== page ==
Robert Smyth in Budapest -
After almost grinding to a halt in 2007, the only way is up for the securitisation market in Central and Eastern Europe.
"There's huge potential and good assets in CEE, but the market appetite has decreased. I expect the market to return to a certain level later this year," Andras Zilahy, head of securitisation at Raiffeisen Group, told delegates at Information Management Network's (IMN) conference on securitization in CEE in Budapest in April. "This is a good time to build up a portfolio."
While there is very little publicized securitisation activity in CEE at the moment, Zilahy said players are working behind the scenes. "The over-complicated nature of securitization deals due to the lack of a historical data set has been holding securitisation back, but the good news is that transactions are becoming straightforward," he said.
After only three deals in CEE in 2006, two from Raiffeisen International (Roof) and one in Czech Republic (Home Credit), last year saw just one transaction, a PLN100m covered bond issuance in Poland. But Central Europe should bring more deals to market in 2008 given the positive changes to the law in various countries and the pipeline of projects, Tycjan Bielecki, assistant vice president at Moody's Investors Service, said in a recent report on securitisation in Europe, Middle East and Africa (EMEA). "The ultimate effect of the credit crisis will naturally depend on its duration, as well as the willingness of investors to regain confidence in securitisation in general, and in new markets in particular," said Bielecki.
Moody's expects Russia to maintain its lead in the region due to the many deals postponed from 2007, increasing asset class diversification and growing interest from second-tier banks, while Turkey's volumes and activities are also likely to grow. "The global credit crunch has proven to be a test for new securitisation markets of EMEA from both growth and performance perspective," said Bielecki.
Moody's noted that the reduced EMEA volume of 23% compared with 2006 was largely a result of constrained second-half issuance as the credit crisis struck. Moody's also said the CIS region continued to dominate issuance volume, representing 45.4% of the total volume. Turkey and the Middle East also accounted for significant shares of 31.4% and 16.5%, respectively.
The very fact that economic circumstances are challenging could lead to a surge in demand in CEE, as there will be more need for structured deals. "There's structured demand and a lack of capital in the region that the market needs to answer. Lots of banks are foreign owned and are struggling for market share and it's a question of price," said IstvÃ¡n Lengyel, secretary-general of the Banking Association of Central and Eastern Europe.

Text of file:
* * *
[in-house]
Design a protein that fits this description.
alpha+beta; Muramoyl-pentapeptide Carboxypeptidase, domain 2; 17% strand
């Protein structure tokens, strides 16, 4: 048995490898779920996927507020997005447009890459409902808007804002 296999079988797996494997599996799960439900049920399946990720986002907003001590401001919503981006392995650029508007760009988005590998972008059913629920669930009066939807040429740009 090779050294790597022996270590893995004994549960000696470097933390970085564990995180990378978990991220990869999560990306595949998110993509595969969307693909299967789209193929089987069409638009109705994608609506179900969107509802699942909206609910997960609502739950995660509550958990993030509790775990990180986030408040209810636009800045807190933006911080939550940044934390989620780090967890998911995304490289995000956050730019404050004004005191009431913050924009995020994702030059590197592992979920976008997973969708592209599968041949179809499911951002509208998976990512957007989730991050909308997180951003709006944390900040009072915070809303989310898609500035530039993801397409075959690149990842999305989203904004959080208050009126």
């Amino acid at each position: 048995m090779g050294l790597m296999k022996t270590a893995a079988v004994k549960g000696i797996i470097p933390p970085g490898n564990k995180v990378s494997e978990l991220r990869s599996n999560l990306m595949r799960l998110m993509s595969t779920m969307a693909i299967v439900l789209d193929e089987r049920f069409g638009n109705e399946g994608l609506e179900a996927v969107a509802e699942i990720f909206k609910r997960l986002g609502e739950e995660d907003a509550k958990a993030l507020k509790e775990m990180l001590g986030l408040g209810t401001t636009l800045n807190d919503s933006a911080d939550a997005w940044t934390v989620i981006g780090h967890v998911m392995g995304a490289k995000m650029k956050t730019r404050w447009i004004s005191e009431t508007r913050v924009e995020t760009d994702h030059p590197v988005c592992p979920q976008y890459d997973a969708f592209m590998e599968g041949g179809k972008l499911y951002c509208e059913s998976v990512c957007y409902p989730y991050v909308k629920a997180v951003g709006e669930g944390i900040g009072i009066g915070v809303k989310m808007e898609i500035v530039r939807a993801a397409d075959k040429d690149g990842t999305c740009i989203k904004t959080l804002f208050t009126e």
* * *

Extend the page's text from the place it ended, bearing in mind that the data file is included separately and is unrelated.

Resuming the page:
Lengyel said the slowdown in lending growth, except in Romania and Bulgaria, is twinned by worsening asset quality. "Liquidity is becoming more of an issue. Economic growth is more than acceptable, but parent banks are important in financing banks and central banks are also stepping in." He added that Kazakstan also has invested money from oil and that state funds are quite active. Kazakhstan has seen mortgages and future flows deals, while a few mortgage transactions have also come out of Ukraine.
Andrey Krysin, president of the European Trust Bank, also told the IMN conference that Russia is "a safe haven in a sea of crisis" and expressed hope for the development of Russian regulation. "2007 saw a record high in direct foreign investment flows making Russia world's seventh largest and we expect a flow of foreign banks."
While Russia still dominates the market with $3.5bn issued in 2006, based upon car loans, consumer loans, RMBS (Residential Mortgage-Backed Security) and future flow, 2007 saw a decline to just over $2.5bn.
Employment figures in Russia are good, which is a key factor in loan performance, asserted Andrey Milyutin, project manager at IFC Primary Mortgage Market Development Project. However, he described collateral performance as "strange" in Russia, with the Moscow mortgage collateral market dropping 15% from January 2007 to January 2008. "It's a good outlook from a macro performance point of view, but collateral performance needs to be reviewed," Milyutin said, stressing that the US is the driving force behind liquidity issues. "Macro performance in the US is key. The moment the press says the US is in recession, the overall situation could worsen. If there's a psychological improvement, investor trust could reappear. It could swing either way rapidly."
He even suggested that Russia could play a role in rescuing western sentiment. "Eastern money is rescuing western money. Russia has a big state fund placed abroad, and is purchasing international instruments. Money does indirectly support international financial institutions."
Could this be the first time the East bails the West out of a financial crisis?
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